How to use the new pre-flight planning tools in Garmin Pilot

7 min read

aircraft-performanceThis has been a big year for the Garmin mobile development team, which has added many industry-first features to its powerful Garmin Pilot app for iPad and iPhone. The latest release is the biggest yet, adding a suite of new tools for pre-flight planning and in-flight operations.

The impressive list includes a new weight and balance calculator, integrated aircraft performance calculations, pilot-configurable checklists, Freehand flight plan editing and much more. Let’s take a closer look at the new additions and how to use them.

Set up a new aircraft

Before diving in, we’d suggest you first set up a new aircraft or update your existing saved aircraft profiles to best take advantage of the new features. Go the main Settings screen and select Aircraft from the list on the left. Next press the Add Aircraft button and you’ll see a list common airplanes flying today, including the Cessna 152/172/182, Cirrus SR20/SR22, Beech Bonanza A36, Diamond DA40 and Piper Archer PA-28. Garmin will continue to update this list, so check back if you don’t see your aircraft type.


If you’re flying one of these airplane types, tap the model name and choose which data you’d like Garmin Pilot to import from their database. You can choose to import basic airplane data, performance info, weight and balance stats and checklists, all of which are sourced from the AFM or POH. You’ll then be asked to add some data points unique to your airplane, including the empty weight and CG for the weight and balance function.

To import this data into one of your existing airplane profiles, first tap the N# from your list of saved aircraft. You’ll see 4 new buttons at the top of the window, Aircraft / Performance / W & B / Checklists. Each of these has an option at the top to “Import Data from Aircraft Library” – tap this to display the list of included aircraft models and select your type to add the specific data for each of the 4 utilities.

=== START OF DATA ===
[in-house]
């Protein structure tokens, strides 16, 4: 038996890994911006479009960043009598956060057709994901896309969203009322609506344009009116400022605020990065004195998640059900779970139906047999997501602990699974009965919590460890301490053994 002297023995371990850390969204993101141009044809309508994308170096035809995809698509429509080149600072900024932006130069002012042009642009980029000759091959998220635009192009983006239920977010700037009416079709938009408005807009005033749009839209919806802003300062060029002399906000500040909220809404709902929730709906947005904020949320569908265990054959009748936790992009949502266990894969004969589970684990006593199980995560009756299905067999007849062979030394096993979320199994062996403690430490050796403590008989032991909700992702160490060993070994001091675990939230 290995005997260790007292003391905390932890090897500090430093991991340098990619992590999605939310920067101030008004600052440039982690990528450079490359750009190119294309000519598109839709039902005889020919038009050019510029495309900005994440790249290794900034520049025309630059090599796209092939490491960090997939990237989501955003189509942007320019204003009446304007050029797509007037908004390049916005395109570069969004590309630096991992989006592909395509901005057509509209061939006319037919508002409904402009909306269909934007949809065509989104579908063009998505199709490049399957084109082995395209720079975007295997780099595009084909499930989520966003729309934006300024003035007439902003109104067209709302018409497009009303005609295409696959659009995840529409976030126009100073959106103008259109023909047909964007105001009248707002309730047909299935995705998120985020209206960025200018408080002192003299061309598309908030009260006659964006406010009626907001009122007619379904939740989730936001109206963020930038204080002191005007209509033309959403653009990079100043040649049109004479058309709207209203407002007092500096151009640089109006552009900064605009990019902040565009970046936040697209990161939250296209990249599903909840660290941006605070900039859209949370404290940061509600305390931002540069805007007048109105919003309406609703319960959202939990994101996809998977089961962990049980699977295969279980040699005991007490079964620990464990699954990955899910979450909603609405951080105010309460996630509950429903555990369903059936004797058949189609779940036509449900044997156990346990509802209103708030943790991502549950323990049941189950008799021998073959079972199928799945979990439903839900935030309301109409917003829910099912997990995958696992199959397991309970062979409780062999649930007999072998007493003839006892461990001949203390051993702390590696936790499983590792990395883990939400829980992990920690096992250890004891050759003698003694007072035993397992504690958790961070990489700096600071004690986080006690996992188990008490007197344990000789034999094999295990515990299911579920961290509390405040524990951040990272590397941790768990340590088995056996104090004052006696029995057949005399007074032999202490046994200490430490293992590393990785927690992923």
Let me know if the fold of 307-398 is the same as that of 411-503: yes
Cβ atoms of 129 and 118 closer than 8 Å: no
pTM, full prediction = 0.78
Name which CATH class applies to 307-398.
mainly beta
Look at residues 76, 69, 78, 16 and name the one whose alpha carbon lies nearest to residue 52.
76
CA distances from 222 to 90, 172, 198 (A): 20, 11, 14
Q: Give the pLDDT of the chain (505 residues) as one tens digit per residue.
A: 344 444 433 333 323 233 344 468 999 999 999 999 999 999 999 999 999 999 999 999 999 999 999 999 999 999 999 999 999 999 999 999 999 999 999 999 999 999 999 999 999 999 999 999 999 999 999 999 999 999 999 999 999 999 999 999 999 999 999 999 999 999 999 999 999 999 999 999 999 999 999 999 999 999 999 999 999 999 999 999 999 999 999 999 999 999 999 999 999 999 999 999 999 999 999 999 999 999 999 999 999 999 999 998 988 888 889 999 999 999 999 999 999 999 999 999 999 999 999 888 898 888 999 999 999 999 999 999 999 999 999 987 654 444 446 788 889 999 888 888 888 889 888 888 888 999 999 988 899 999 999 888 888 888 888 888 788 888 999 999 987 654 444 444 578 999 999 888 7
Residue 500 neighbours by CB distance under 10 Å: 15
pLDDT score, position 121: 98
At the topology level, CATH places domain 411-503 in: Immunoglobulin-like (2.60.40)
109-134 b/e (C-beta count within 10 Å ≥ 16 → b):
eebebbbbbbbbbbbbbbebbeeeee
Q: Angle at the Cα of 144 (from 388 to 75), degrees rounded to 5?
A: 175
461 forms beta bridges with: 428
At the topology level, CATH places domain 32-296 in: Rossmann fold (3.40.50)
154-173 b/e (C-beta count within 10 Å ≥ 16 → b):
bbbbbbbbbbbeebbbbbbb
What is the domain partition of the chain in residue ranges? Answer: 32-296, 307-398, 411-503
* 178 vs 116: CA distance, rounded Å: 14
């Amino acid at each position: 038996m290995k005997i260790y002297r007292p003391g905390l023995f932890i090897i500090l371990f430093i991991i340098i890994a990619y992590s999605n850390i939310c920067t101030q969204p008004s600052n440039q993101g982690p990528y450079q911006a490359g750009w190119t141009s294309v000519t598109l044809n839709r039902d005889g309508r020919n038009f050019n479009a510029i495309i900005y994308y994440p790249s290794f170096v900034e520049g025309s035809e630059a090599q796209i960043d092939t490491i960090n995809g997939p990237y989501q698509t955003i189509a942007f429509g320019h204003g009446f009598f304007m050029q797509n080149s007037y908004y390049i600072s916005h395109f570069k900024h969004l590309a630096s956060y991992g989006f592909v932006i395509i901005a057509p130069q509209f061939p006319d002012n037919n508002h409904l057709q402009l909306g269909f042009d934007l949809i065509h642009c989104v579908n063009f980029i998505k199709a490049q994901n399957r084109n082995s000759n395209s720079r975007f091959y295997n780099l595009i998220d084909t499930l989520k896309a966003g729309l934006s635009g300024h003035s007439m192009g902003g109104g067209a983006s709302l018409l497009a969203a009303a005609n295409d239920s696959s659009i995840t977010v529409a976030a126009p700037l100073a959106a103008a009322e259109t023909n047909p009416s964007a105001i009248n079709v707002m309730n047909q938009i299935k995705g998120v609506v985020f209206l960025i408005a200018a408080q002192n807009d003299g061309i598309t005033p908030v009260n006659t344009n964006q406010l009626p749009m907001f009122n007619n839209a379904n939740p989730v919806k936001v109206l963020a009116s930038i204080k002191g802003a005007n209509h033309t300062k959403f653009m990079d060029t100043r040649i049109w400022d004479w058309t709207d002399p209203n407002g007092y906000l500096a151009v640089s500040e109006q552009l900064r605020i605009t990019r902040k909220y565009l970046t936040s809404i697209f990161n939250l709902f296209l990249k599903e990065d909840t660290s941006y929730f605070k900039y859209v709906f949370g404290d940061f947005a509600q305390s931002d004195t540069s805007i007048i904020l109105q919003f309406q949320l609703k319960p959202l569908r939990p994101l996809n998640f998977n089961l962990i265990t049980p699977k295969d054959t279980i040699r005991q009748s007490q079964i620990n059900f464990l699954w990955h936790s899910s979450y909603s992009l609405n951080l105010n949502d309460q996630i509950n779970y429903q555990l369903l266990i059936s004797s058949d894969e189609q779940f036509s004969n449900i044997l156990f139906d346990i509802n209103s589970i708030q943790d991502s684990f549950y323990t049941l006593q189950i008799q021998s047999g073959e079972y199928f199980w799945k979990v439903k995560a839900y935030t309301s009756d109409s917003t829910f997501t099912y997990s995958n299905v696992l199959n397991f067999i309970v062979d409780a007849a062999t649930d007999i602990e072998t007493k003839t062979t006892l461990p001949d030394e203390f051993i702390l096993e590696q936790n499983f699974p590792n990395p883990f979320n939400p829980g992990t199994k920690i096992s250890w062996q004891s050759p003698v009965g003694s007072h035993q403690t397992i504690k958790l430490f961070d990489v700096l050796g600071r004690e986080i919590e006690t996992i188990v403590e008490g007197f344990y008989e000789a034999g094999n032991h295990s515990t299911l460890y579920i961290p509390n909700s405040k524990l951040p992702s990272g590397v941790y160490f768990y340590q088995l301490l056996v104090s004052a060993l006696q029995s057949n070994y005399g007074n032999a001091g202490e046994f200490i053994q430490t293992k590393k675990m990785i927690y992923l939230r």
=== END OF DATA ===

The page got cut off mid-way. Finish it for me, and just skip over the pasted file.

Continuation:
If Garmin doesn’t offer the specific data for your particular airplane model, you’ll need to enter it manually based on data from your specific POH or AFM.

Weight and Balance

Now that your aircraft profile is set, tap the Home button and select the new W&B button from the expanded main menu. Select your aircraft N# and the Weight and Balance calculator will be displayed. Now you just need to enter the weights of the pilot, passengers, baggage and amount of fuel on the left side of the screen, and the loading summary will automatically be calculated on the right side.

The summary will display a green indication when all is within limits and includes options to display a CG envelope chart, moment envelope chart or station chart.


If you were to load the airplane out of limits, the app would warn you with caution symbols in the summary along with a list of the offending issues.


You can also save a particular loading setup for quick access in the future with the Stored Load Sheets function. Tap the book icon at the top left of the screen and press Add. This will save the passenger/baggage/fuel configuration for quick retrieval on future flights.


The weight and balance utility is also integrated into the Trip Planning tool, accessed from the lower tab bar at the bottom of this screen. This will take your current loading setup and compute the landing weight and CG based on the forecast winds and estimated fuel burn.


Aircraft Checklists

The iPad makes for a great paper checklist replacement and Garmin wants more pilots to use it for that purpose with the new aircraft checklist utility. Tap the Home button at the top left of the screen and you’ll see a new Checklist button in the main menu. If you already imported a checklist while setting up your aircraft you’ll see the name listed in the Checklist Binder on the left side of the screen. You can also add a checklist for additional airplane models with the green Add button.